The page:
Posted December 2, 2016on:
This is the time of year that I visit schools and do a lot of presentations about program options for students entering their junior and senior years of high school. Over the course of 2 months, I make about 50 presentations.
I usually hesitate to disclose that I stutter to these high school students because I worry that it will detract from what I’m talking about. I’m not going to make a presentation about stuttering so I don’t ever plan to talk about stuttering.
Sometimes though it’s unavoidable!
Yesterday while doing my second presentation of the day, I was stuttering exceptionally well. Like on almost every word. I felt really self-conscious and was ultra aware of how I sounded. I worried that the kids were going to think something was wrong, as I was in full-on repetition mode and also hesitating and pausing a lot.
So I decided to stop for a moment, took a deep breath, and said to the students, “Hey guys, I want you to know something. I stutter and I’m having a real stutter-y day. So if you hear stuttering, that’s all it is, just stuttering. OK?” And then I went right back to where I left off in my presentation. And it was OK.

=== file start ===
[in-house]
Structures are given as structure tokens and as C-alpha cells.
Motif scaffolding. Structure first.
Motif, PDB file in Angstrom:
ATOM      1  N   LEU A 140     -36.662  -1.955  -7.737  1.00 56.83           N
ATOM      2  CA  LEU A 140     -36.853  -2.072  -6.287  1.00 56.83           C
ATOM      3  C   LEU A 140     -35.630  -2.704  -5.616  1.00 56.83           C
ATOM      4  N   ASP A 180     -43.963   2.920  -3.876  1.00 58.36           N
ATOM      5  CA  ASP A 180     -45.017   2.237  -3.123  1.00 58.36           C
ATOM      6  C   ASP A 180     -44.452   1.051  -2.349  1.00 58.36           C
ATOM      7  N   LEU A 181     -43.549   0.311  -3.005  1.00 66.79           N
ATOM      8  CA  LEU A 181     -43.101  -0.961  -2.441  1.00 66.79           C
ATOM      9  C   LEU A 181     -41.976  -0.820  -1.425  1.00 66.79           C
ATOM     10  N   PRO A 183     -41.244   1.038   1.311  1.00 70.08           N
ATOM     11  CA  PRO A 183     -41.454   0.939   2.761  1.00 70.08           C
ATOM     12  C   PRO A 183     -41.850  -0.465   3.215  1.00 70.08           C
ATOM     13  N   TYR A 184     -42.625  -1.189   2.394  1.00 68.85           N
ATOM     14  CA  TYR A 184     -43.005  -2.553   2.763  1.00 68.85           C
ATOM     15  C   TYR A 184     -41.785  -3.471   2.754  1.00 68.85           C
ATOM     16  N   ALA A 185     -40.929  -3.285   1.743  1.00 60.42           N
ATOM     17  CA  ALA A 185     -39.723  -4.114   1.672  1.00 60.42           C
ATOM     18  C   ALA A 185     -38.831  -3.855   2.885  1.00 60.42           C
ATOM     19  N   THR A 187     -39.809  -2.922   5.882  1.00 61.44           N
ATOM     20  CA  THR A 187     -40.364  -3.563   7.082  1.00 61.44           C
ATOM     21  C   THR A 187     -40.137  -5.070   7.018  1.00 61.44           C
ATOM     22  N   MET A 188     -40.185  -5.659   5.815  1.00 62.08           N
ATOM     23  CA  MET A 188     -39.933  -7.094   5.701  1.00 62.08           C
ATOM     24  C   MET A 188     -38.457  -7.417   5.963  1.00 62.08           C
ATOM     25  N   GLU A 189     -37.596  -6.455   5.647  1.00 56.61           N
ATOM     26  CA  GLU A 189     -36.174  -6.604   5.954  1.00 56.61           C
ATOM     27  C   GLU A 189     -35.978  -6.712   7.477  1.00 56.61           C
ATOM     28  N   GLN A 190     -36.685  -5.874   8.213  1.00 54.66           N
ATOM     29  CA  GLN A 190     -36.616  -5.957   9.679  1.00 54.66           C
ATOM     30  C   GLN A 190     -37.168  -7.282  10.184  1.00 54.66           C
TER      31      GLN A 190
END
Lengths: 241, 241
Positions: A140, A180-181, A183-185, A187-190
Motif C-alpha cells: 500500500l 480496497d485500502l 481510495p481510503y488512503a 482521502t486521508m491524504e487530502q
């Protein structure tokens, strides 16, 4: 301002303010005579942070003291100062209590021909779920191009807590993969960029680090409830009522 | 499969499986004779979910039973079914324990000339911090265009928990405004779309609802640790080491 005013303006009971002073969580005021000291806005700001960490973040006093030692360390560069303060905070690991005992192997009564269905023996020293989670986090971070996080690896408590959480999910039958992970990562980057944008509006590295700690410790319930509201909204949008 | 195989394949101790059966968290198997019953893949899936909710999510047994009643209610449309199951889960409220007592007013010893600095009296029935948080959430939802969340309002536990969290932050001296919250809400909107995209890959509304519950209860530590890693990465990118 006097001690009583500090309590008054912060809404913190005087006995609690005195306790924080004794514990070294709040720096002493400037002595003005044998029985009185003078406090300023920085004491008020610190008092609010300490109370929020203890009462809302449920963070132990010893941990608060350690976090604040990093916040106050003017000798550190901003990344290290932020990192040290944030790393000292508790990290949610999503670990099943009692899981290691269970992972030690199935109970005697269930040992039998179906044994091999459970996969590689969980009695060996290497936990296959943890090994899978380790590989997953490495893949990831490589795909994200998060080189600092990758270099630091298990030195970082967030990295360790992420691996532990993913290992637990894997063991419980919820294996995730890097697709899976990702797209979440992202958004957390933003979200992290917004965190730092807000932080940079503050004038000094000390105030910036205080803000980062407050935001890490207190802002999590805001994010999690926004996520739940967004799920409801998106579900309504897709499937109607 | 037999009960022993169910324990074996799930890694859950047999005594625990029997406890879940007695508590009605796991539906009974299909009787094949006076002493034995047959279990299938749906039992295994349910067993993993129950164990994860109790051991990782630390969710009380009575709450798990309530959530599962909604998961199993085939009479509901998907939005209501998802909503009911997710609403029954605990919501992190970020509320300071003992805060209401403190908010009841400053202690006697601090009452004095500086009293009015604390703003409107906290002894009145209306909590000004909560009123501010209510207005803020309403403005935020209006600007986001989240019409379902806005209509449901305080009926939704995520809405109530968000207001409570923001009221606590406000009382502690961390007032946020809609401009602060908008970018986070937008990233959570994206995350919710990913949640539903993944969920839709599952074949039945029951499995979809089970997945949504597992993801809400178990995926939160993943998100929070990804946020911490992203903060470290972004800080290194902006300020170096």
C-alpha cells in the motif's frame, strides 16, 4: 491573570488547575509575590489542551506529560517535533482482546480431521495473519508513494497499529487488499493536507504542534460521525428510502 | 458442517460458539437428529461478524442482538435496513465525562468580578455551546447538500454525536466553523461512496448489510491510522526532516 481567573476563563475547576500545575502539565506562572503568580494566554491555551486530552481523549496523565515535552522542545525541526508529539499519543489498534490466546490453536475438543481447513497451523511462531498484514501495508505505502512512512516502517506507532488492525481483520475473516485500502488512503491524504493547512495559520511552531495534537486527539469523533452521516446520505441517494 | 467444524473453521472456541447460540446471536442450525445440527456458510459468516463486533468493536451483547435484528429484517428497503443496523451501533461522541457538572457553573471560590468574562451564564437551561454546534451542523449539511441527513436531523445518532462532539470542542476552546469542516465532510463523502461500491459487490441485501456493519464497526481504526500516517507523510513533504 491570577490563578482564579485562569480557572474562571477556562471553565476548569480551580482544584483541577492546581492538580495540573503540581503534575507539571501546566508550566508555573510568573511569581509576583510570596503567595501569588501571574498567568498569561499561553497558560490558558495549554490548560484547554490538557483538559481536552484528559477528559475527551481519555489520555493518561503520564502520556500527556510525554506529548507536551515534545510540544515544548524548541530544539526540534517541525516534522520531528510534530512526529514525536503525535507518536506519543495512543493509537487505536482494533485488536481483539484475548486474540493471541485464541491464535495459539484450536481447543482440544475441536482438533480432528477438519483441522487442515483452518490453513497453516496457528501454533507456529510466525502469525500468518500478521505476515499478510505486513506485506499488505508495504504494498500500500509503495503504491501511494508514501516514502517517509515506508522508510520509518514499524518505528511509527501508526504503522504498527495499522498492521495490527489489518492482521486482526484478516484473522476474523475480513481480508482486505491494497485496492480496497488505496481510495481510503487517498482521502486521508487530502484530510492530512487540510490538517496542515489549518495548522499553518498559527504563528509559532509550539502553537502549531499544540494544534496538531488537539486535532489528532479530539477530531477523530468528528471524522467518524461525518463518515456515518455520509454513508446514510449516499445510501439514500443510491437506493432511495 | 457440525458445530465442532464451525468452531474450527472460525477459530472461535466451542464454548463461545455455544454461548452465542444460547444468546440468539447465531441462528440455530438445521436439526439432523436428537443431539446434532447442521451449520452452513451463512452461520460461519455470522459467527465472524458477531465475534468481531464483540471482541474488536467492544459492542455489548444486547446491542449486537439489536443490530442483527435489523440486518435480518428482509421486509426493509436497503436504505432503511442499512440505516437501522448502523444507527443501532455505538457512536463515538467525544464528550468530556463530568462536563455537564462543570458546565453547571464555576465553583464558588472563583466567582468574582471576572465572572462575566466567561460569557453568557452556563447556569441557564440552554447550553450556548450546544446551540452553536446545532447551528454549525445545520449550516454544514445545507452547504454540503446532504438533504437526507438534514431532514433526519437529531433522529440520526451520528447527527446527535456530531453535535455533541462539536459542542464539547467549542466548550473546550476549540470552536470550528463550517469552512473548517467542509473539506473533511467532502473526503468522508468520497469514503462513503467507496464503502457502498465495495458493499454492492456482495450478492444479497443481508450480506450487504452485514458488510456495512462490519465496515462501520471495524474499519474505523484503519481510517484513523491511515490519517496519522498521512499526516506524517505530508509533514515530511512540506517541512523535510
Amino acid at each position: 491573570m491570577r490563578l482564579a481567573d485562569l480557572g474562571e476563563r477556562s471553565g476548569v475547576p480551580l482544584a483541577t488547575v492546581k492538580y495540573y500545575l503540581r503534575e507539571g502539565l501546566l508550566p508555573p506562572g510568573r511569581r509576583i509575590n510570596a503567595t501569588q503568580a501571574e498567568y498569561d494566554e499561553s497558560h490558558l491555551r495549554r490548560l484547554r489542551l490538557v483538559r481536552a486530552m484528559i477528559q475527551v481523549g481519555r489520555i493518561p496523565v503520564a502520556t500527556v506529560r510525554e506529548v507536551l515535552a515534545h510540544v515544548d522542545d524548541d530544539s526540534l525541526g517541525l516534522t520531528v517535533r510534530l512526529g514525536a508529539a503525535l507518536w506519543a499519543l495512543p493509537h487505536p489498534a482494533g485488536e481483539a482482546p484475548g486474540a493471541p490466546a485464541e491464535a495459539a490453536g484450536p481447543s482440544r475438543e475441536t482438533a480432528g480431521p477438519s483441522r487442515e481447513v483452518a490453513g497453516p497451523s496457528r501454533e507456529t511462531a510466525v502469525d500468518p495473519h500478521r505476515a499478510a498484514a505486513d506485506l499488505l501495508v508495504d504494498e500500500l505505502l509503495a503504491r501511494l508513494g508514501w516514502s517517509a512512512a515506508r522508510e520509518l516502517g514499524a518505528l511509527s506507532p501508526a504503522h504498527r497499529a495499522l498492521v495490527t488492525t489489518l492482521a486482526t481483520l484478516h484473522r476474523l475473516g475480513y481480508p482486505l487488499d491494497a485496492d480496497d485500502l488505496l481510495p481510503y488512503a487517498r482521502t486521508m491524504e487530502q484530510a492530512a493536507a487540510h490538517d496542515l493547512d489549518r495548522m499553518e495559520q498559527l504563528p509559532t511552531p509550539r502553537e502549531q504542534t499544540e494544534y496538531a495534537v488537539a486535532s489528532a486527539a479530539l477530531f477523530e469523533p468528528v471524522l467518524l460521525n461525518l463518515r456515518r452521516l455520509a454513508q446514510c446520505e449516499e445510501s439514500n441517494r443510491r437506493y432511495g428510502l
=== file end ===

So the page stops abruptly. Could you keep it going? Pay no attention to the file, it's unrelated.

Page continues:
The students didn’t bat an eyelash. No one commented or made funny faces or anything. They just took it in stride.
I was so relieved. Putting it out there like that made it easier for me to continue stuttering and actually I noticed that I gradually stuttered less. And I was relieved that I actually disclosed, because I’m not really comfortable doing that while making work presentations.
Now that I did it like this, I feel like I’ll be more comfortable doing it again if need be.
The disclosure was for my benefit, not my audience. I said what I did to make myself more comfortable while stuttering so well. It was a small form of self-care that I really needed to do.
What do you think about how I handled it? Have you done something similar?